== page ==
Sustainability Regulations Call for Increased Visibility

Sustainability Regulations Call for Increased Visibility

Businesses have become more attuned to social and environmental issues, and it is not just because they believe it’s the right thing to do.

Existing sustainability regulations and the potential for future regulation are prompting them to assess their current operations, as well as the Scope 3 emissions generated by their suppliers and customers.

Data around Scope 3 emissions is also of interest to corporate investors. So, it would make sense that the U.S. Securities and Exchange Commission (SEC) has considered requiring companies to disclose Scope 3 emission data. Because this data can be difficult to calculate, the commissioners have considered phasing in this requirement in the future and limiting it to only the largest firms.

Nevertheless, disclosure requirements like these have big implications for the entire supply chain. Requiring companies to reveal their greenhouse gas emissions will help hold businesses accountable for their actions and give those investing in these companies a more standardized way to assess who to do business with.

Requiring businesses to be more transparent in their operations can help both organizations and investors with sustainable practices. However, we cannot ignore that new requirements will further strain companies that are facing supply chain issues, inflation, labor shortages, and other economic concerns. Amid these challenges, how can organizations prepare for this type of regulation while ensuring any processes implemented are non-disruptive and beneficial to the company?

The Impact of Sustainability Regulations

Sustainability regulations have the power to impact industry in both positive and negative ways. Disclosing Scope 3 emissions would provide the transparency needed to hold people accountable for their business practices. Additionally, having access to consistent data makes it easier for organizations to compare and connect with partners that reflect their corporate environmental strategy.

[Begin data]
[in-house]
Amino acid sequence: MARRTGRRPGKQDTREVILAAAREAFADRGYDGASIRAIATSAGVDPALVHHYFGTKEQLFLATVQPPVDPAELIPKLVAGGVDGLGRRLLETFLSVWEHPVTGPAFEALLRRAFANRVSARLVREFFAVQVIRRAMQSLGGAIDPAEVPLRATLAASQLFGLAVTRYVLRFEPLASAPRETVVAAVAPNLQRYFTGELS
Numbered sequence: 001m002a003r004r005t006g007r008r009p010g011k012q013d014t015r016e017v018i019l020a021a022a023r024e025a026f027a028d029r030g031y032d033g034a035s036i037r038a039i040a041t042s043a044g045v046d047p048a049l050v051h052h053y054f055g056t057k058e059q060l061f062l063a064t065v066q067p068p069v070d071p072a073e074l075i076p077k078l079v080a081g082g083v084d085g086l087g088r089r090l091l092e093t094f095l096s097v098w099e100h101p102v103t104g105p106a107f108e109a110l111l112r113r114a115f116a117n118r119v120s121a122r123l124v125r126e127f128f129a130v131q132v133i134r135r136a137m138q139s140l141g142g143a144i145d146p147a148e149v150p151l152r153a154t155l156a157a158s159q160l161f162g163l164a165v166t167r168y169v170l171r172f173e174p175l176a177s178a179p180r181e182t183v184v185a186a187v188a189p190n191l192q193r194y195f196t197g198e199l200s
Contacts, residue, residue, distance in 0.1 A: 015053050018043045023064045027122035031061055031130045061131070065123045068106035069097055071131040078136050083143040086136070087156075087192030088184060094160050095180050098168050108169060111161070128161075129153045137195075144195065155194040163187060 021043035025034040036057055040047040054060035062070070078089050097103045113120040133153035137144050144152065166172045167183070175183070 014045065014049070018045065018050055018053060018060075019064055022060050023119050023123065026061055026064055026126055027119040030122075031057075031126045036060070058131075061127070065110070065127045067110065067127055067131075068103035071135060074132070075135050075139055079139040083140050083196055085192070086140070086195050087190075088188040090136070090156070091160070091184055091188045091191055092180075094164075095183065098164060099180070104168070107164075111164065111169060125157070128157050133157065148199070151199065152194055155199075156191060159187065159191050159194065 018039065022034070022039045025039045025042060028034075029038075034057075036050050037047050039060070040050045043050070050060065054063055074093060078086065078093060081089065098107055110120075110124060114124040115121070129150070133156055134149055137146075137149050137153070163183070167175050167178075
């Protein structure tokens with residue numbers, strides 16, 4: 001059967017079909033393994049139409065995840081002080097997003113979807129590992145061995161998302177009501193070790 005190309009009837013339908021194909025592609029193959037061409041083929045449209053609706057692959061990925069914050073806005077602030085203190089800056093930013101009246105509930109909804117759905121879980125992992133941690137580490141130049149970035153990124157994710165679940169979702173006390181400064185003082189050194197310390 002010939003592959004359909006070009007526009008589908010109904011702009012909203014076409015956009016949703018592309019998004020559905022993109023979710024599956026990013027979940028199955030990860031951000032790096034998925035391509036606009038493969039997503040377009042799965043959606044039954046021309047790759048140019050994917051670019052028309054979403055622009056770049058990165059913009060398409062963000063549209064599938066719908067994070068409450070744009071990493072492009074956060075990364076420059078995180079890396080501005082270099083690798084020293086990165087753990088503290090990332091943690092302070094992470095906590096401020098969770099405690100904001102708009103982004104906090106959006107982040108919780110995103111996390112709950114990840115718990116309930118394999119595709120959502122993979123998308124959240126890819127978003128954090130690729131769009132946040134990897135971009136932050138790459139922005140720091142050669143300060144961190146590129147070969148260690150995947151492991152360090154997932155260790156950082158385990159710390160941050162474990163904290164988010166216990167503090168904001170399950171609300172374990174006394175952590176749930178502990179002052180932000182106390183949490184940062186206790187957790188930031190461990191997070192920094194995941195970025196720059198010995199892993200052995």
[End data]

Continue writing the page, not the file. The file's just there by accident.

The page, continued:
However, this assumes the data collected is both verifiable and accurate. In today’s climate, transparency of data is a big concern, and recent high-profile cases have added to these concerns. For example, in 2021 China released its national emissions trading scheme (ETS), which offered incentives to businesses and investors who contribute to its decarbonization and clean energy transition. But less than a year into the program, China’s Ministry of Ecology and Environment (MEE) group found that multiple data verification firms were forging reports and making false claims.

The disclosure of Scope 3 emissions can also impact end users and consumers. Having access to emission information gives end users and consumers better visibility into the environmental operations of the companies they do business with, enabling them to make more sustainable purchasing decisions. The downside is, with any new regulation comes a cost. These costs can result in higher prices and potentially decreased wages or job losses.

How Organizations Can Meet Requirements

The most important part of reporting emissions to meet requirements is collecting the right data. Organizations can gather operational data, such as consumption details within energy bills, emissions from logistics tracking and travel, and waste programs. This type of information provides a way to validate a supplier’s claims. Companies can also hire data validation firms to provide external certification.

Technology solutions can also play a significant role in enabling organizations to simplify the collection and processing of data, including consumption and travel information. Though gathering the right data is important, organizations should not make new requirements that disrupt current business processes. When introducing new metrics, we recommend they embed them into already established programs so employees are set up for success.

Finally, it is important for supply chain professionals to start enhancing their strategies with sustainable metrics today. That way, if the SEC or any other entity issues a new regulation, they won’t have to scramble to comply. And there could be huge benefits. What may seem like a minor change could result in a big boost for an organization’s corporate sustainability strategy, helping not only to ensure that the company is meeting requirements, but also to conduct sustainable practices that contribute to the greater good.